In his monthly Western Mail column, Acorn's Matt Southall addresses the forthcoming Assembly elections.
n less than two weeks, people across Wales will be heading to the polling booths to make a decision about Wales' future.
Last year's general election saw 2.2 million people in Wales cast their vote, and now the country's major parties will battle it out for those votes once again on Thursday, May 5.
We've heard from business representative bodies such as the IoD and CBI about their own manifestos and what they'd like to see from the next government, but what of the parties themselves?
As a businessman, I want to know that the party I vote for will represent not just my interests, but the interests of the wider economy.
I'm pleased to see that all the main parties have put business interests high on their agendas, with small businesses clearly seen as fundamental.
Each party has their own ideas as to how this support should look.
The Conservatives and Plaid Cymru want to reform business rates, including abolishing them for small businesses.
Labour too want to cut tax bills, and they and the Liberal Democrats are backing the idea of a new Welsh Development Bank to bring together finance and support for small businesses.
Another issue close to the hearts of many in Welsh business is that of procurement process and opportunities.
Labour and Plaid have both flagged this in their manifestos and highlighted the importance of Welsh supply opportunities going to Welsh businesses wherever possible.
I've talked a lot about skill shortages in Wales and it is no surprise to see that I'm not alone in realising the impact this has on the economy.
Apprenticeships are a great way of ensuring that we have a workforce fit for purpose and whether we see the 'thousands' of apprenticeships suggested by the Conservatives, 50,000 as promised by Plaid or Labour's 100,000, I hope that whoever takes power in May pushes ahead with apprenticeships.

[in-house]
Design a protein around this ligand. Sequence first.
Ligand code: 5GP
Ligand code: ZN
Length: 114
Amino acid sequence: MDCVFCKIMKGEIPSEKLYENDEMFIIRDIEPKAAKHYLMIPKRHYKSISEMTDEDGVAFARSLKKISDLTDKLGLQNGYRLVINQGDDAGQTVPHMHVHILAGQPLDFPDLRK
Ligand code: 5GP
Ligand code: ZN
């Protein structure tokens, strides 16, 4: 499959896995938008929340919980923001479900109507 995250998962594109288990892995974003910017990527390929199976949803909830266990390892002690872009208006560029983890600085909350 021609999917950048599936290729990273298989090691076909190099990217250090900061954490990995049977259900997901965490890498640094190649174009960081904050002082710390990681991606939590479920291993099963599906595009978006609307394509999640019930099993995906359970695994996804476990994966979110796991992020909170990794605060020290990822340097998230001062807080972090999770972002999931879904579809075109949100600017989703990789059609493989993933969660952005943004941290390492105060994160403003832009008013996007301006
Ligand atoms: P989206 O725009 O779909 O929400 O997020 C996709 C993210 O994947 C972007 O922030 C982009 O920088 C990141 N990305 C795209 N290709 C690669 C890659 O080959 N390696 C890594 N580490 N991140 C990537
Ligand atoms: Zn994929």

This should be alongside development of skills and training across all sectors - in the short term but also through developing the curriculum so the skills of generations to come are fit for purpose over the long term.
Infrastructure is another unifying area, with all parties agreeing that dramatic improvements need to be made, as the Lib Dems put it, we need 'infrastructure fit for the modern world'.
This doesn't just encompass our vitally important road and rail networks, in the North and the South of Wales, but also improvements in and better exploitation of digital connections.
But as with all considerations that need acting on to develop the conditions for a better economy in Wales, two things that I think should over-ride the 'how' we will achieve this are speed and simplicity.
Our next Government needs to be bold and drive its agenda through demanding timelines.
Politicians need to avoid being paranoid about occasional failures and be prepared to flex and develop their thinking as plans unfold and developments are initiated.
Not everything will run smoothly, businesses will fully understand that, but we need to see some real urgency. Our Government needs to demonstrate it can be agile, quick-thinking and hungry for delivering outcomes.
In terms of simplicity, Wales needs to be a nation where it is simple to do business in, with simple communication channels, simple and clear decision-making processes, simple and straightforward economic drivers and aims; designed to do things quickly and shared by all - from the First Minister and driven through every ministerial portfolio.
Simplicity also looks at the current layers and layers of over-governance - and addressing the reduction of the number of local authorities in Wales need to step away from the political consideration and move high up the economic development agenda - a time-line for finally sorting this out would be welcomed by many across Wales I'm sure.
In light of the ongoing Tata Steel situation, Welsh voters have industrial and financial security on their minds in the run-up to the election.
Plans for the development and protection of local businesses and jobs will be a major consideration for many, but with all the major parties pointing towards a significant investment in Wales' future development, it is my hope that, whichever way the vote turns out, businesses throughout Wales will find the conditions they need to keep Wales' economy thriving.
Clarity, agility and conviction is what we are hoping for. Simple.